A doctor’s blog from Khan Younis: ‘It’s grim, but it’s real’

28 Oct

profile Dr Halfan Knusdsen MD

Posted by Dr Halfdan Knudsen on his blog ‘Gazan Medicine – working & living in Gaza’ – 25 October 2014

Bad Days

This post turned out different from what I intended. I was going to tell you a light-hearted intro about where I live now and what I am working on. Instead what you are about to read forced itself to the forefront. It’s grim, but it’s real. Today is a better day, but no day is really good.

Yesterday was a bad day. Woke up with this strange feeling of being locked in and isolated from everyone and everything. This place does that to you sometimes. Going for a drive down south [from Gaza City] to Khan Younis just reinforced that sense – I have never before travelled anywhere, where the sense of foreboding and imminent catastrophe were this strong. The coastal stretch is empty, abandoned buildings and bombed out shells everywhere, the stench of sewage so thick you could cut it with a knife. In places the sea is dark brown instead of the clear green-blue of the Mediterranean other places. I wish I could convey that feeling of Ragnarök having come and gone, the few people you do see look completely dejected, dressed in rags, dirty, eyes empty and hungry.

And Khan Younis itself is a world apart from Gaza City. Rough, poor, hard-edged, threatening. We stopped for lunch at a place – they served us, but no one really spoke to us, and our driver was outside the café the whole time, keeping watch. No one has the energy to smile at us and say hello like they do in GC, the looks you get tell a story of hatred, abandonment, hopelessness and rage, borne out of desperation.

There is nothing here for anyone – by 2016 there will be no water in Gaza fit for irrigation, let alone drinking. The UN has effectively legalised and tightened the blockade through its deal with Israel over transfer of rebuilding materials. People are being evicted from the UNRWA schools to live in the streets, while rebuilding is happening at a snail’s pace and the rains and cold of winter is coming. No one is being paid, half the aid money for Gaza is going to the West Bank and the other half is being controlled by Israel. And still the Palestinians are being blamed.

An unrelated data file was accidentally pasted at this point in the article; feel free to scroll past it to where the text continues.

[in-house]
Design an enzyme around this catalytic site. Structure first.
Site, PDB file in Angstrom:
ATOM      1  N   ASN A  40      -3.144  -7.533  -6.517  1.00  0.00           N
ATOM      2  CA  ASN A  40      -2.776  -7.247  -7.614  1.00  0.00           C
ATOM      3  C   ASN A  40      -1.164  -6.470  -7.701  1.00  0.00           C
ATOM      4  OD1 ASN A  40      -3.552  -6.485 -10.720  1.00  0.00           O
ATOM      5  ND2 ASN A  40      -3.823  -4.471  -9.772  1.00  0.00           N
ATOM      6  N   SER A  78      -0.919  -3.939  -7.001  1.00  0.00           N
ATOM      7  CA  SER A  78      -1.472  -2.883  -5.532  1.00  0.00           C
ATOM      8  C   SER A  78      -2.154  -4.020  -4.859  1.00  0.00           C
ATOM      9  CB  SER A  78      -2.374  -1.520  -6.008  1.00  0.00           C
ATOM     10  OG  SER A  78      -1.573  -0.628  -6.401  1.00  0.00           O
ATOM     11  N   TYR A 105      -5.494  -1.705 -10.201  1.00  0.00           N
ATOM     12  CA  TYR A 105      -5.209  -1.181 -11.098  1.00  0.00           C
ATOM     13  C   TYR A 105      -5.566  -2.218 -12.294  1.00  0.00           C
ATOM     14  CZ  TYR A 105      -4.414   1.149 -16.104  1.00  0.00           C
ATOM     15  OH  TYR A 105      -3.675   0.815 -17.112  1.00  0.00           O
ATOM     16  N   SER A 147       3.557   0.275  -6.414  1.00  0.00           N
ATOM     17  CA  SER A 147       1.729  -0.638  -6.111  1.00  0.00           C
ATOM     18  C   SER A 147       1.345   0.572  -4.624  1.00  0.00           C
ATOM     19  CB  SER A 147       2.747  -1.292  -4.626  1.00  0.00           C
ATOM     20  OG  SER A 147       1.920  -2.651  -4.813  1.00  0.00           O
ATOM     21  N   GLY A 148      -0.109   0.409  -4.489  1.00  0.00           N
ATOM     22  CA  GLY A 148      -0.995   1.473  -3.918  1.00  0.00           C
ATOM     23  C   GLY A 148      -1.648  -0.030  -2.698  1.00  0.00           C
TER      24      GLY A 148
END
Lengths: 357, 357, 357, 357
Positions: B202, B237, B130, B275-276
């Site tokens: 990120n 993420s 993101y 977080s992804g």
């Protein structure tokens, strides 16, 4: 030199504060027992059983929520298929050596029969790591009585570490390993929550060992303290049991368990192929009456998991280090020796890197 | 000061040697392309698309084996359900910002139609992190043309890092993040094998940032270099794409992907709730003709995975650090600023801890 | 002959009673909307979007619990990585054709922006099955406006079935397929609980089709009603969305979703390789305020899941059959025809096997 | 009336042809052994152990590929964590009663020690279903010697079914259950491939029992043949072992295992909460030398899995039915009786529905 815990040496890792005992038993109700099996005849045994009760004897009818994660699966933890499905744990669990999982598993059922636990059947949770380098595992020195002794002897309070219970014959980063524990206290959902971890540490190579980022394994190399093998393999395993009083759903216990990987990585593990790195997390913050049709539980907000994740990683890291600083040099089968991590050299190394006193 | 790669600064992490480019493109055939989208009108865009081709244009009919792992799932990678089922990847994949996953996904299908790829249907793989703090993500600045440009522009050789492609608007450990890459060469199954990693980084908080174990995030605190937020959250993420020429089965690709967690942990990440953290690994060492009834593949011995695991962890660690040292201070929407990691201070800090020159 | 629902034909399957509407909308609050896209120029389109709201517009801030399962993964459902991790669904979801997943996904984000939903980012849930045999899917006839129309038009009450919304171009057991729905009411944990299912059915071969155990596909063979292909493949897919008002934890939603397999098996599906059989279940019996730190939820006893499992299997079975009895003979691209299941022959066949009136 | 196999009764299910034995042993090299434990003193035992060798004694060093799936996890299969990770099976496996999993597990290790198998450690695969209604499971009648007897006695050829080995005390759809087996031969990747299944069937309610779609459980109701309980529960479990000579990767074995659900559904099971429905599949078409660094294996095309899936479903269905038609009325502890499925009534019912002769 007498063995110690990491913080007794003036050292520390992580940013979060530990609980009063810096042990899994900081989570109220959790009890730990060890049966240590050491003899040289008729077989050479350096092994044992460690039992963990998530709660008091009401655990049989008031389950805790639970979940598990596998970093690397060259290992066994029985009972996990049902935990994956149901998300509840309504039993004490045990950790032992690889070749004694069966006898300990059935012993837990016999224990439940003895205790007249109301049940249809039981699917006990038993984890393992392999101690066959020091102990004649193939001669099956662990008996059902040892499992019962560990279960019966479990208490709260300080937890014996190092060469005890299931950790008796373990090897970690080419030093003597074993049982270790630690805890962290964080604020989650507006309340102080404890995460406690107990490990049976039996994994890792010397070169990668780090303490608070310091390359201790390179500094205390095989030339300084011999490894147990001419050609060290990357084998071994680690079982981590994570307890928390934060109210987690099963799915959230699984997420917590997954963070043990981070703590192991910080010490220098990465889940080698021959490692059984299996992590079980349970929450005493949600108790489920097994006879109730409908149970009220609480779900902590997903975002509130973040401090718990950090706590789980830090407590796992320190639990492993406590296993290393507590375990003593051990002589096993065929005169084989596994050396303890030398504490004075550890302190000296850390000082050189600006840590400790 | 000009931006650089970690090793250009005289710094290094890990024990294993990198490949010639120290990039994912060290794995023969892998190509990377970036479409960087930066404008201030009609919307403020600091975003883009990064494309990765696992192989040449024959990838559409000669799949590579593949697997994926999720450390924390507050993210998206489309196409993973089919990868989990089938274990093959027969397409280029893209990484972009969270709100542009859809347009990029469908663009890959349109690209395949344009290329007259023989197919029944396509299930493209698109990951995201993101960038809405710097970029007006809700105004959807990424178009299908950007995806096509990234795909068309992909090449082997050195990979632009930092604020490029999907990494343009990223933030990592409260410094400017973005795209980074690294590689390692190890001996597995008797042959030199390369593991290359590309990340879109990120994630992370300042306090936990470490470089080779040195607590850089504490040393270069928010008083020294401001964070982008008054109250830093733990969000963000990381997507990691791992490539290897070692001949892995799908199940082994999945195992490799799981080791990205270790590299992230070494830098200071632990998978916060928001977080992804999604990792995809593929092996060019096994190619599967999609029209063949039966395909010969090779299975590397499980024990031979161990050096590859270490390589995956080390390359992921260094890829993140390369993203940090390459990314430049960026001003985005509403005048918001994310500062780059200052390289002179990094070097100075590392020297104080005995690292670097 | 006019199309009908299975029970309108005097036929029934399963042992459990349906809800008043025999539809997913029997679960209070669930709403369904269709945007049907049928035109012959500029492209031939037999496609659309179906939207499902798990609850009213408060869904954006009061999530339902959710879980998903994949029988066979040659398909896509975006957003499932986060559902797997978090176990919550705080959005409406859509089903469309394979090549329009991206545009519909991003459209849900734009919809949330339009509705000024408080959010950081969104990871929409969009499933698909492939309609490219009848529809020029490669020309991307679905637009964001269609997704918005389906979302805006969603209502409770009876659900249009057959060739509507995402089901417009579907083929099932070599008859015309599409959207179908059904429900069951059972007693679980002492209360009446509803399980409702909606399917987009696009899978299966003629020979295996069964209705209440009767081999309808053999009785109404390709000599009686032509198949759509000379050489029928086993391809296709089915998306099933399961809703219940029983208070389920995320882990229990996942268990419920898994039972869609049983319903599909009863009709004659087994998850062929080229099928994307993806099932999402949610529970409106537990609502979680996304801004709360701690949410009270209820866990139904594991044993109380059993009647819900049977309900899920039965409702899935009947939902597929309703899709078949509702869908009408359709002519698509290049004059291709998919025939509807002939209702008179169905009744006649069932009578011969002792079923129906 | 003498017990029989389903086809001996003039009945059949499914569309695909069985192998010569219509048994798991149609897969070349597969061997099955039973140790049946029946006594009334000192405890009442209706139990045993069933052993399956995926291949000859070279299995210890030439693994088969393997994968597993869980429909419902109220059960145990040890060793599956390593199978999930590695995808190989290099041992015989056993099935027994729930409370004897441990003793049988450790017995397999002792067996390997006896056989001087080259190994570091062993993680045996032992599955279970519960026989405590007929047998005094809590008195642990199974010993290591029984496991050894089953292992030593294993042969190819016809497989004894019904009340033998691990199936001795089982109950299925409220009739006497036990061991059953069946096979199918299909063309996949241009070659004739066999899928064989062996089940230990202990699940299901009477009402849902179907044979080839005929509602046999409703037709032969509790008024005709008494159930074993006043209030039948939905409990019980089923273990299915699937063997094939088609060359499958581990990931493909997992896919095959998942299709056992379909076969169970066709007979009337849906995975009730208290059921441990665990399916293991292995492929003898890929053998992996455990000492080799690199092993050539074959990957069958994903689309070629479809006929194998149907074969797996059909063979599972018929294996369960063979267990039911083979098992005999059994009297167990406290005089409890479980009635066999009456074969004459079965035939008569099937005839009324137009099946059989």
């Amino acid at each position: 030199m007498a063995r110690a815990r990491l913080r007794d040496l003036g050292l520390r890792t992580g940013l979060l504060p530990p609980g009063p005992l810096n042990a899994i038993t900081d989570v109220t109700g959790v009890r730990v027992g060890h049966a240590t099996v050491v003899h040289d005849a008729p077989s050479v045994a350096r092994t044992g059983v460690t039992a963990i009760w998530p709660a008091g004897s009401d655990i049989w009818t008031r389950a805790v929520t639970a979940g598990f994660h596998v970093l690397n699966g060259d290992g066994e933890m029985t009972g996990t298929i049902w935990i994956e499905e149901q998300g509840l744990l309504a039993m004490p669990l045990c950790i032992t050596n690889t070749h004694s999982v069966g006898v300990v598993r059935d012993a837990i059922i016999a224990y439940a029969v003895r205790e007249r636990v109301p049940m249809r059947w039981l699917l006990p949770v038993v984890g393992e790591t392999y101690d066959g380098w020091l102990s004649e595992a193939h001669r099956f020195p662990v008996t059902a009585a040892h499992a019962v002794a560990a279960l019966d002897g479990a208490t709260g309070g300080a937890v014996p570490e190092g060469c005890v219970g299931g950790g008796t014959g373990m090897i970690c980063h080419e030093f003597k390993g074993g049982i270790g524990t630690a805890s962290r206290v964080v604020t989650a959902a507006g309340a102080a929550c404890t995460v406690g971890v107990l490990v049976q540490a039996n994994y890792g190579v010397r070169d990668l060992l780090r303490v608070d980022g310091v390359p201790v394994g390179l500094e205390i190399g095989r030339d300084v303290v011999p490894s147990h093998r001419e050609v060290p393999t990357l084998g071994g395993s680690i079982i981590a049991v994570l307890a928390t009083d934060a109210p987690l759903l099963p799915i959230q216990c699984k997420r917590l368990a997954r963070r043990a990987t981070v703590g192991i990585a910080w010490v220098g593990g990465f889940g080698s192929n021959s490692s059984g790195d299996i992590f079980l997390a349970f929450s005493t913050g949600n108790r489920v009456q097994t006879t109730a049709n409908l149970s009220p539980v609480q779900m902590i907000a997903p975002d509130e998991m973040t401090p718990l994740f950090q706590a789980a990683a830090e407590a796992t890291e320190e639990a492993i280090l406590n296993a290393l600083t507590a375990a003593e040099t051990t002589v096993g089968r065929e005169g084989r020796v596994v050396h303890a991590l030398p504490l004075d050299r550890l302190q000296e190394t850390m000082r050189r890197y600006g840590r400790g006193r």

Last week, an Israeli settler ploughed his car into a crowd of people on the West Bank seriously injuring some and killing a small child. The settler was quoted as saying he didn’t stop the car because he was afraid for his life.

The next day, a Palestinian man ploughed his car into a crowd of people in East Jerusalem seriously injuring some and killing a small child. The Palestinian was never quoted as saying anything – he was shot dead at the scene.

I have struggled to find any real news on the first story, but the second have been paraded across CNN, BBC, NY Times, and any number of other major news outlets, decrying it as a terrorist attack and gushing about the grief of the parents and so on.

To my mind, this is a case either of two tragedies of equal proportions due to unbearable circumstances of life, OR it’s two equally heinous terrorist attacks. But that is hard to make anyone understand.

Also, this weekend, a Palestinian was injured by an unexploded ordnance (UXO), digging through the rubble. The war is far from over.

Maybe there is nothing to be done. I know a lot of my colleagues privately think that all the NGOs doing aid work here are just prolonging the inevitable. We cope with darkly humorous sarcasm, but there is always an undercurrent of self-doubt, sometimes you think that everyone in the room feels that the work we do, while well-intentioned, is both worthless and even cruel, but few put that sentiment into words, maybe for fear of what it might do to us all.

And we keep going, get out amongst the people clinging to hope, insisting on making life livable still, and feeling grateful just for having the company of people who have chosen to live here in the largest prison in the world. And that, I suppose, is the thing keeping us all together.

Mahmoud’s response (slightly edited):

Actually I agree with you about Khan Younis
- maybe you feel its different than Gaza city
 – it sure will feel that
 most of the Israeli attacks in the war were on Khan Younis
 and most of people killed in the war from Khan Younis – more than 600 were killed there. It is difficult to see smiles on their faces.
 The wound is still not healed 
- you see what Israel left behind them after their attacks:
 people without houses,
 damage everywhere,
 sons without parents
 and parents without sons
 – it was really a holocaust for Gazans.

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